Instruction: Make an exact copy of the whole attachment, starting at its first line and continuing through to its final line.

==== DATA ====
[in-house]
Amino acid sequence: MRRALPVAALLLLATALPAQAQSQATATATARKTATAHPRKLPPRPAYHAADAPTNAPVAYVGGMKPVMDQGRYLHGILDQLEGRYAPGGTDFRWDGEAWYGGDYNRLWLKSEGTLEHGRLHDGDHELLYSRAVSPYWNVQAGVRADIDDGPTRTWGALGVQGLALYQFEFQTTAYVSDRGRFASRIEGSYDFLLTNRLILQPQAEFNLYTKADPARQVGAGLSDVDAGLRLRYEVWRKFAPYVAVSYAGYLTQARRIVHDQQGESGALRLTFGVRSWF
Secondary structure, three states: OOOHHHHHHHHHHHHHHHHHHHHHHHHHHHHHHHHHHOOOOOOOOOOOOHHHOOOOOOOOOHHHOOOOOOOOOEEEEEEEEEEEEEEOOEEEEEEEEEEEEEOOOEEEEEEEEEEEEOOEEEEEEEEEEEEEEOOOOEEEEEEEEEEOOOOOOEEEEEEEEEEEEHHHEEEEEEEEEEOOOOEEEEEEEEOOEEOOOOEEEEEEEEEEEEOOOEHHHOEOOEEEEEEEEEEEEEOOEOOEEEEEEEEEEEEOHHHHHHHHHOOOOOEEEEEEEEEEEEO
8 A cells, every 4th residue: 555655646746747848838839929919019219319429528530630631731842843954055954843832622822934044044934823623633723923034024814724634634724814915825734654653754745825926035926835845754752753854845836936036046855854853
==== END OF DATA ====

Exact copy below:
[in-house]
Amino acid sequence: MRRALPVAALLLLATALPAQAQSQATATATARKTATAHPRKLPPRPAYHAADAPTNAPVAYVGGMKPVMDQGRYLHGILDQLEGRYAPGGTDFRWDGEAWYGGDYNRLWLKSEGTLEHGRLHDGDHELLYSRAVSPYWNVQAGVRADIDDGPTRTWGALGVQGLALYQFEFQTTAYVSDRGRFASRIEGSYDFLLTNRLILQPQAEFNLYTKADPARQVGAGLSDVDAGLRLRYEVWRKFAPYVAVSYAGYLTQARRIVHDQQGESGALRLTFGVRSWF
Secondary structure, three states: OOOHHHHHHHHHHHHHHHHHHHHHHHHHHHHHHHHHHOOOOOOOOOOOOHHHOOOOOOOOOHHHOOOOOOOOOEEEEEEEEEEEEEEOOEEEEEEEEEEEEEOOOEEEEEEEEEEEEOOEEEEEEEEEEEEEEOOOOEEEEEEEEEEOOOOOOEEEEEEEEEEEEHHHEEEEEEEEEEOOOOEEEEEEEEOOEEOOOOEEEEEEEEEEEEOOOEHHHOEOOEEEEEEEEEEEEEOOEOOEEEEEEEEEEEEOHHHHHHHHHOOOOOEEEEEEEEEEEEO
8 A cells, every 4th residue: 555655646746747848838839929919019219319429528530630631731842843954055954843832622822934044044934823623633723923034024814724634634724814915825734654653754745825926035926835845754752753854845836936036046855854853